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Hallowreads: Poltergeist by Colin Wilson

It’s that time of the year again, when I pull down a couple of titles from a region of my bookshelves where I keep books in a category I call “Weirdness.” This year’s leadoff volume is Colin Wilson’s Poltergeist. It’s special because my old eyes can no longer read the microscopic type in the MMPB edition I bought when I was in my 40s, and in truth haven’t read it for ten-ish years. I gave my friend Jim Strickland the MMPB last year and (later on) he gifted me a hardcover copy from 1982.

Jim had a reason for reading Wilson’s book: He’s finishing up the second volume in a series of novels about a private eye who is a poltergeist animating the body of a woman suicide, and solving, well, cold-case murders. (What? You want her to be a patent attorney or something?) Poltergeist! Ask the Dust is a terrific read, and very much in the spirit of the season right now. Get it or regret it, as they say.

I have a reason of my own for rereading Wilson’s Poltergeist. But I’ll come back to that.

The late Colin Wilson (1931-2013) covered a lot of ground as a writer, but what he’s best known for is books on, well, weirdness. Poltergeist may be my favorite, in part because he zeroes in on a handful of related phenomena in the immense pantheon of paranormal peculiarity. (The bulk of his books cover many topics, most of them briefly.) Even ordinary people who wouldn’t know an urisk from a hole in the ground know what a poltergeist is: an invisible presence that generates loud bangs and knockings and scrapings in houses unfortunate enough to host one. More energetic specimens throw things around (stones especially) pull bedclothes off beds, generate perfectly round puddles of water (usually on kitchen floors) and much more rarely speak. Their product line is basically chaos.

Wilson’s book begins with is a sampling of poltergeist hauntings from ancient days to as recent as 1968. He’s a very engaging writer, but even he admits that the more poltergeist reports you read, the more alike they start to sound. There are exceptions, of course. (An old friend of mine, now deceased, sent me regular reports on his poltergeist for a couple of years back in the late ‘90s. Its favorite trick was stealing sleeping pills and pain killers.) For detailed discussion, he chooses a few instances that stand out for one reason or another.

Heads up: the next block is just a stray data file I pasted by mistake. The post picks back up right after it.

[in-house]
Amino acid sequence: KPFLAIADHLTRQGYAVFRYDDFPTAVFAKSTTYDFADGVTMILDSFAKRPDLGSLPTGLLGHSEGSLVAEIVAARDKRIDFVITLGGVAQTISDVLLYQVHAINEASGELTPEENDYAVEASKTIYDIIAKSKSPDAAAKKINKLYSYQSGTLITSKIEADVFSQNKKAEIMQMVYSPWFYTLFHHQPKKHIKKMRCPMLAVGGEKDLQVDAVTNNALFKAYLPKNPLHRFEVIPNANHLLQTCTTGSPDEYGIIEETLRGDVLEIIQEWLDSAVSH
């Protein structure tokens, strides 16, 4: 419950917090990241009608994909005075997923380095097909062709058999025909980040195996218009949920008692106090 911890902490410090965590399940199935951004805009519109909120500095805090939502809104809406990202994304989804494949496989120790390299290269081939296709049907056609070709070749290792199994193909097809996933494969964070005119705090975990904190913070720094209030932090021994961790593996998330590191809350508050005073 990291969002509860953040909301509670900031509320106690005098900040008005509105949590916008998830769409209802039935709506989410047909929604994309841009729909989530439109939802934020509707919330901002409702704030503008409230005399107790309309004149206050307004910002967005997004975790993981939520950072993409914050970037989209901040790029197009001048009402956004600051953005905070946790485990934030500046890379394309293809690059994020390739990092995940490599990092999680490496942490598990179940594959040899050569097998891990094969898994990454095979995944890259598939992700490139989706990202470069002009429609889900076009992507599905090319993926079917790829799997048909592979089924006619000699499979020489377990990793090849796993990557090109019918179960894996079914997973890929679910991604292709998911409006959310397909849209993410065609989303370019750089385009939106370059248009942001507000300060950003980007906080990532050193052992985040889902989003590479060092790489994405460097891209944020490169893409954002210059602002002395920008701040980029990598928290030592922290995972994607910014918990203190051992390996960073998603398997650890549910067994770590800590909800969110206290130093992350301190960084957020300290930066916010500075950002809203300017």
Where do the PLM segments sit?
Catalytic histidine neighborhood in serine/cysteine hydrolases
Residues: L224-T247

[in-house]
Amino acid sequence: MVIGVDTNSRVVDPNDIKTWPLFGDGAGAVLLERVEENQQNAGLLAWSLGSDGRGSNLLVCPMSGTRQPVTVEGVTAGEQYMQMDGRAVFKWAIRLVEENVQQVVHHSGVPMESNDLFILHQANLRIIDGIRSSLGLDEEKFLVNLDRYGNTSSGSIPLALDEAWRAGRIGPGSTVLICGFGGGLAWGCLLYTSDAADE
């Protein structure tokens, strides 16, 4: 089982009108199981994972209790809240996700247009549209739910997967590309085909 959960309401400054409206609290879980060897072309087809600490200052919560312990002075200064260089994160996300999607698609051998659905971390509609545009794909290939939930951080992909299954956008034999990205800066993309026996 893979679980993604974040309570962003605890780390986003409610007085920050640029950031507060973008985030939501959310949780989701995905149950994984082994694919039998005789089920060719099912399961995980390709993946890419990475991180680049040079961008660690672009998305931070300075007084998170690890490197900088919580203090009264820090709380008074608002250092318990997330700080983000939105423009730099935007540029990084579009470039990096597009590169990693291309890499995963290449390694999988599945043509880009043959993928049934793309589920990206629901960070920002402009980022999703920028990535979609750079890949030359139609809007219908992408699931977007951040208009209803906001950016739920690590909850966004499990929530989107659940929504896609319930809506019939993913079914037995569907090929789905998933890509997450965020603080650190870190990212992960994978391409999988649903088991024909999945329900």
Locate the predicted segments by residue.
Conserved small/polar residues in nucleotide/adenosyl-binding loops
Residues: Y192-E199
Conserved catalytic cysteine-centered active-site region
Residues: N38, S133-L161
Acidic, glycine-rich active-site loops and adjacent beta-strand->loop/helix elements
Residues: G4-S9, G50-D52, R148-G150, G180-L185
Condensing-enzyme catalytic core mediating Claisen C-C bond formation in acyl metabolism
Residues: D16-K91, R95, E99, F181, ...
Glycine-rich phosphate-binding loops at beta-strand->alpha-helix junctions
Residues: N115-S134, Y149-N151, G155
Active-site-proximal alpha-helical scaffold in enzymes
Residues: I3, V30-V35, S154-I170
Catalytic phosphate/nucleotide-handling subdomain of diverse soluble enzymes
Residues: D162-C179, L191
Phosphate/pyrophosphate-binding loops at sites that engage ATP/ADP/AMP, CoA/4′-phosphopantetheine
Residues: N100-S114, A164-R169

The well-known “Black Monk of Pontefract” poltergeist gets a whole longish chapter, because it happened in the UK and Wilson was able to interview some of the people who experienced it. The instance involved at least one phenomenon not seen elsewhere: Chalk dust appearing out of nowhere in a room and drifting down to the floor. It was unique in that the dust appeared in a plane about five feet above the floor before it fell. The air above the plane was perfectly clear. The Black Monk (whom almost nobody actually saw) created those round puddles on the kitchen floor and broke a lot of dishes, potted plants, and a large grandfather clock. Unlike most poltergeists, the Black Monk actually threw people off their beds onto the floor, and in one case dragged a teen girl up a flight of stairs by her neck.

Poltergeists rarely seriously harm people, either from thrown objects or physical mistreatment like pinches and slaps. The 19th Century Bell Witch is another atypical poltergeist Wilson covers, as the only well-known example of a poltergeist killing someone. (There is a whole book on the Bell Witch: The Infamous Bell Witch of Tennessee by Charles Edwin Price, if you’re interested. It’s weirdness cubed and very creepy.) Poltergeists are often considered demonic entities, but there’s a problem: Poltergeists are unaffected by exorcisms. They show up unannounced, have their fun for awhile, and then leave. Holy water, prayers, and crosses have no effect on them.